This is another post in the series about life in Japan. The longer I am here, the more I am liking it.
Most of the homes in our neighborhood have name plates near their front door or gate. Most of them are in both English and kanji, the Chinese characters borrowed by the Japanese. We wanted to make our rented place a bit more like home, so we made our nameplate. At the local hardware store, Konan, we needed to make a design. My surname Kralovec, is Czech, and there is not a kanji associated with it. Foreign words and names are written in another Japanese script, katakana, which is used for those words that have been adapted into Japanese. Kralovec becomes クラロヴェツク- phonetically it is KU-RA-RO-V-E-KU. The “L” and “R” are not differentiated in Japanese and a source of constant confusion for newcomers and for Japanese pronouncing English words. I didn’t want to have katakana on our name plate because I wanted to fit in with others in the neighborhood and I like the stories and history behind the kanji symbols. I instead came up with kanji characters that I felt best symbolized our name.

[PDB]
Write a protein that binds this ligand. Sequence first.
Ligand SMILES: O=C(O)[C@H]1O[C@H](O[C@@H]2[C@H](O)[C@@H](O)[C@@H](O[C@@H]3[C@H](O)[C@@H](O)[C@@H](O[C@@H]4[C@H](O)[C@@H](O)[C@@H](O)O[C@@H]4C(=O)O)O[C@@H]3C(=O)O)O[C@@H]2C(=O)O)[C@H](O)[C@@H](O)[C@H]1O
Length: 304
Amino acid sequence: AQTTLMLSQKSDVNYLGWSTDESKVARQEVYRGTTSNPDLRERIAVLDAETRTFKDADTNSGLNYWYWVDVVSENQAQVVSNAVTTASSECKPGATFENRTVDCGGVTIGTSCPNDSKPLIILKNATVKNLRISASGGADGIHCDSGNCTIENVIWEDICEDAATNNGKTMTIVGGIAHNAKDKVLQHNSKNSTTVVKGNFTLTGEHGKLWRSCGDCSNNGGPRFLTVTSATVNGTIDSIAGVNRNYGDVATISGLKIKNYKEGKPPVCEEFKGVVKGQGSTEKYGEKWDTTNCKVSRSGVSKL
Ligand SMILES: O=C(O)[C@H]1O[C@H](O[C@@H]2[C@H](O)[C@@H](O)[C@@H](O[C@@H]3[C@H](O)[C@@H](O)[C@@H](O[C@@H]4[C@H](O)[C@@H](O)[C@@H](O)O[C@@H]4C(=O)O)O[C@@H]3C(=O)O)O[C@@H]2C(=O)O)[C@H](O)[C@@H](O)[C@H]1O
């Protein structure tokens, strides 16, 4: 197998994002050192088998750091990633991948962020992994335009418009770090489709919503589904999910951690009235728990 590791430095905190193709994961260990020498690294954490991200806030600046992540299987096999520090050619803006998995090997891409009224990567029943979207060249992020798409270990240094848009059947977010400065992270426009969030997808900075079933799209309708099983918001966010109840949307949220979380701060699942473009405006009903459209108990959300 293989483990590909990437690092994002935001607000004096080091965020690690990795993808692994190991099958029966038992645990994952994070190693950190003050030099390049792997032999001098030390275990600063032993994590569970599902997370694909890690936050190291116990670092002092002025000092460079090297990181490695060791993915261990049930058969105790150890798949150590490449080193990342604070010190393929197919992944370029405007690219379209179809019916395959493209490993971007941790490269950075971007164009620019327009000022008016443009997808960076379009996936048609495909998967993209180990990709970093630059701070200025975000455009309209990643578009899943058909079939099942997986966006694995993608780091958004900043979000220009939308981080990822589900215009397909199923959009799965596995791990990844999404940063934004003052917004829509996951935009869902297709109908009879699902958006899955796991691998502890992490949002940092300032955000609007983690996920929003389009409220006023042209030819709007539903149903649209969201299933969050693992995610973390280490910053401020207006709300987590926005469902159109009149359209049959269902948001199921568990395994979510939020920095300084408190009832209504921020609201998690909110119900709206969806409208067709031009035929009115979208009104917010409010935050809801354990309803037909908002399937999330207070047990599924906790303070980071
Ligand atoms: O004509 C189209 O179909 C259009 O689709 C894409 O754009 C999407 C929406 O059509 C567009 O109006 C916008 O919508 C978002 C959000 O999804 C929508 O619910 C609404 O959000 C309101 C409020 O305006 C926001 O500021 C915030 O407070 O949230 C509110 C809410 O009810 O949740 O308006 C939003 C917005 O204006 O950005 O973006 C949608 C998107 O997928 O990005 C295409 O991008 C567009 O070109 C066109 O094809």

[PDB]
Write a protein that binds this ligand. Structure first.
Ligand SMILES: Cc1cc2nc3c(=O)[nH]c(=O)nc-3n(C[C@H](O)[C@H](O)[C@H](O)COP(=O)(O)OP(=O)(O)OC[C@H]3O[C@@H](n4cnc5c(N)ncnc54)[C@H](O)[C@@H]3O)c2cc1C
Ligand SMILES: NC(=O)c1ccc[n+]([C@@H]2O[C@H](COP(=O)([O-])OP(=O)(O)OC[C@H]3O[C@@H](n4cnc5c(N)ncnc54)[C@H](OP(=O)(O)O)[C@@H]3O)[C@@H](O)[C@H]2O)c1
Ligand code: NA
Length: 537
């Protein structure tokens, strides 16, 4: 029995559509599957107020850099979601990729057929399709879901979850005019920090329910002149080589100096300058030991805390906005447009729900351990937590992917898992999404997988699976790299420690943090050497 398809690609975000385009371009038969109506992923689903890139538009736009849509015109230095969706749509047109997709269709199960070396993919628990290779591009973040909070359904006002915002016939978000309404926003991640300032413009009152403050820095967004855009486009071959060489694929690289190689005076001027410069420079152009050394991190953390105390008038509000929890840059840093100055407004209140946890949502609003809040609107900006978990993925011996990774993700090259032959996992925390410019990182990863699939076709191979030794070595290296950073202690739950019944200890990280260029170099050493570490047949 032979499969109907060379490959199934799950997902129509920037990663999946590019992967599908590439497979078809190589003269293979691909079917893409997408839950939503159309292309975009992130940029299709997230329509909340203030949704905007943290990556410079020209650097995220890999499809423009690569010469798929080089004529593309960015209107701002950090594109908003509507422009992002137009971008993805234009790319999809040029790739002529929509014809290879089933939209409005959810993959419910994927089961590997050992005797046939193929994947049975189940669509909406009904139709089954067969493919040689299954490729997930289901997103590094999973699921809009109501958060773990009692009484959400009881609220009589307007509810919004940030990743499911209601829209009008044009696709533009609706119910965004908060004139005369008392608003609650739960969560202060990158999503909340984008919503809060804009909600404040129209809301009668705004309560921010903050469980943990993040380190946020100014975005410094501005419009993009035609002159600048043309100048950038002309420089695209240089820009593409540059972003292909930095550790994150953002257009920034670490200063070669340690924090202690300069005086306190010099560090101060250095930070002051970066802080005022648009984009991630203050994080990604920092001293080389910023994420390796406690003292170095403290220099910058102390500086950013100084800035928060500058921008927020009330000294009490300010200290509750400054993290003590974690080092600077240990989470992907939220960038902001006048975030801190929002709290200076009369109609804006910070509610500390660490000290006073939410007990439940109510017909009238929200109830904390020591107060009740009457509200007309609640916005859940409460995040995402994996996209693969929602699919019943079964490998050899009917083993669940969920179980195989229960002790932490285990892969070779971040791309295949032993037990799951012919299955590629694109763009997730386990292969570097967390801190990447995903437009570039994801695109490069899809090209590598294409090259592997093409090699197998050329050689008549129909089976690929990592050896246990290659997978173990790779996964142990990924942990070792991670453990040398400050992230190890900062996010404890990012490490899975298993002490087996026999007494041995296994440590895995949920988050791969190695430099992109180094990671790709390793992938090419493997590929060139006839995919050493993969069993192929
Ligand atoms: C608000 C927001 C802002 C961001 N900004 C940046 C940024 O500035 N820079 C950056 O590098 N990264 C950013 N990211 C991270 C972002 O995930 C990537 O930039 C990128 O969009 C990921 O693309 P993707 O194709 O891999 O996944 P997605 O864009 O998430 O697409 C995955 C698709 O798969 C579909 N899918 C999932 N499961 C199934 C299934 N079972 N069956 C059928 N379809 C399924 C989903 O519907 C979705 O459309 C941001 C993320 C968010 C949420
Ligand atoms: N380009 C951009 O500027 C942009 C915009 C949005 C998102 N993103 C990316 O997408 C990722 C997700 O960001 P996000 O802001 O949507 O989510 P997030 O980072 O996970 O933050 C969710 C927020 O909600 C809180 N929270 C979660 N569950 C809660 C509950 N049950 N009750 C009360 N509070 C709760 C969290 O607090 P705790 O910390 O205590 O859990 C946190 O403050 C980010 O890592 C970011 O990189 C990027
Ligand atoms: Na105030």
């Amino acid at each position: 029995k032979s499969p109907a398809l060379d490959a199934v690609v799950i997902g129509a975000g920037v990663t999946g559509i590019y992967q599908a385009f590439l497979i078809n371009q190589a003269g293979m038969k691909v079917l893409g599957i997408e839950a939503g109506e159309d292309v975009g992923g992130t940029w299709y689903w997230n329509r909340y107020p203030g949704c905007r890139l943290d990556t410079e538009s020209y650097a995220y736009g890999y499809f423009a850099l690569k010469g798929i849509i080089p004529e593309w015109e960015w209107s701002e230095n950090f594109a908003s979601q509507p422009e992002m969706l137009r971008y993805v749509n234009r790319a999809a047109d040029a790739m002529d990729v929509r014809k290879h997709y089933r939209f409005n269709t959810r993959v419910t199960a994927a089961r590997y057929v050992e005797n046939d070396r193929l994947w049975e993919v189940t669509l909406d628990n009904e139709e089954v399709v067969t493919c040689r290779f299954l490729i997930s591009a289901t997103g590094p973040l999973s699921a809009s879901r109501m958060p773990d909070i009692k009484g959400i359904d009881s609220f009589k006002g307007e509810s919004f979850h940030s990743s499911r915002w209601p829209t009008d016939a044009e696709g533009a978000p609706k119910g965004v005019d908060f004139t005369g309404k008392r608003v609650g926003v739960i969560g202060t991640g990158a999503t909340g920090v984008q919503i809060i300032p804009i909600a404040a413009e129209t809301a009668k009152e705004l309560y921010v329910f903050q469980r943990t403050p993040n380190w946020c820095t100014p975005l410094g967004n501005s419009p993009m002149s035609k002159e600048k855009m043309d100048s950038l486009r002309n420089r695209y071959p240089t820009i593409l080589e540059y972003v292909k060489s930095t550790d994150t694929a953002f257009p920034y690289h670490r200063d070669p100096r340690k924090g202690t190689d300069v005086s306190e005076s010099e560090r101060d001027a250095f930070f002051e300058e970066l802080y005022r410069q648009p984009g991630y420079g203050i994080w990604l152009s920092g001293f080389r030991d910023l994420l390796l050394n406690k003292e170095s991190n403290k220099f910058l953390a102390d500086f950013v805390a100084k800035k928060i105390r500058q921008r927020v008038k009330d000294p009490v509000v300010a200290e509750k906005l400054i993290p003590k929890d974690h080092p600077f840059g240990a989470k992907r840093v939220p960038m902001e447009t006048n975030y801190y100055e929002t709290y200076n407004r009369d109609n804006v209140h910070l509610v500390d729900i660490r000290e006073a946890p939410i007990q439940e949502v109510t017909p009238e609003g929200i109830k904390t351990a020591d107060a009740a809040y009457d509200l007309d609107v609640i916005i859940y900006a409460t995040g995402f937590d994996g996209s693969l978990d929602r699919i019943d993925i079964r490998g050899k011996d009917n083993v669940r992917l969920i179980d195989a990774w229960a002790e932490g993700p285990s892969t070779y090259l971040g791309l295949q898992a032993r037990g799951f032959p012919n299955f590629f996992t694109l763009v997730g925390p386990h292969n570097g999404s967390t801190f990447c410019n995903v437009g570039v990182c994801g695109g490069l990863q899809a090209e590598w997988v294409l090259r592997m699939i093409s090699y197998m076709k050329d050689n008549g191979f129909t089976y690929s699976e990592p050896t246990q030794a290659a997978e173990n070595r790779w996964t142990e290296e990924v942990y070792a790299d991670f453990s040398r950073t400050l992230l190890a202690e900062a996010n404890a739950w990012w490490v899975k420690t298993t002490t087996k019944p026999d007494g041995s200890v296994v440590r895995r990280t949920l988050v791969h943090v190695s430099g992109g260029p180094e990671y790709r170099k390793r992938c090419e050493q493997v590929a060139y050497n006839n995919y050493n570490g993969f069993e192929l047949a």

Kral in the Czech language means “king” hence the first kanji character (pronounced oh-uu) means king. The second character means “love” (pronounced “ah ii” and the spelling our name has the word love in the middle, kraLOVEc. A portion of the love kanji has the radical, or building block heart, kokoro, in the center of the symbol. So we are the King Love family. I like to think we have a lot of love in our family. It always gets a confused look and then a big laugh when people encounter it. A good way to enter a home!